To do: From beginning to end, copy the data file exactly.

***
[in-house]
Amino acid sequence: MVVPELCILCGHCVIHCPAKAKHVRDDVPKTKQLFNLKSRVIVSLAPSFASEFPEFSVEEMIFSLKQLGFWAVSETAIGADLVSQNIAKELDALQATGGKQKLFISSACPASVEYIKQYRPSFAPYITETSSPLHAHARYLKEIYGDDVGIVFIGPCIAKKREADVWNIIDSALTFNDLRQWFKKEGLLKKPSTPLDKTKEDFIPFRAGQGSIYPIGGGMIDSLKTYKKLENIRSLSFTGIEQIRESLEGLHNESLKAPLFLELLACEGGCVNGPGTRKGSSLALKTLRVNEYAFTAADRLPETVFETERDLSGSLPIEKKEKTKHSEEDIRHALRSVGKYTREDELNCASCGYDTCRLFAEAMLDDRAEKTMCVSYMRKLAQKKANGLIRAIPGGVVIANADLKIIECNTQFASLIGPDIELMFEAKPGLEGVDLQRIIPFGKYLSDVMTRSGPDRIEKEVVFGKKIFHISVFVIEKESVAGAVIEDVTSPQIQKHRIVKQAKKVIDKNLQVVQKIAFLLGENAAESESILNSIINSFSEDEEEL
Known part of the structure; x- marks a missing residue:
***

[in-house]
Amino acid sequence: MVVPELCILCGHCVIHCPAKAKHVRDDVPKTKQLFNLKSRVIVSLAPSFASEFPEFSVEEMIFSLKQLGFWAVSETAIGADLVSQNIAKELDALQATGGKQKLFISSACPASVEYIKQYRPSFAPYITETSSPLHAHARYLKEIYGDDVGIVFIGPCIAKKREADVWNIIDSALTFNDLRQWFKKEGLLKKPSTPLDKTKEDFIPFRAGQGSIYPIGGGMIDSLKTYKKLENIRSLSFTGIEQIRESLEGLHNESLKAPLFLELLACEGGCVNGPGTRKGSSLALKTLRVNEYAFTAADRLPETVFETERDLSGSLPIEKKEKTKHSEEDIRHALRSVGKYTREDELNCASCGYDTCRLFAEAMLDDRAEKTMCVSYMRKLAQKKANGLIRAIPGGVVIANADLKIIECNTQFASLIGPDIELMFEAKPGLEGVDLQRIIPFGKYLSDVMTRSGPDRIEKEVVFGKKIFHISVFVIEKESVAGAVIEDVTSPQIQKHRIVKQAKKVIDKNLQVVQKIAFLLGENAAESESILNSIINSFSEDEEEL
Known part of the structure; x- marks a missing residue: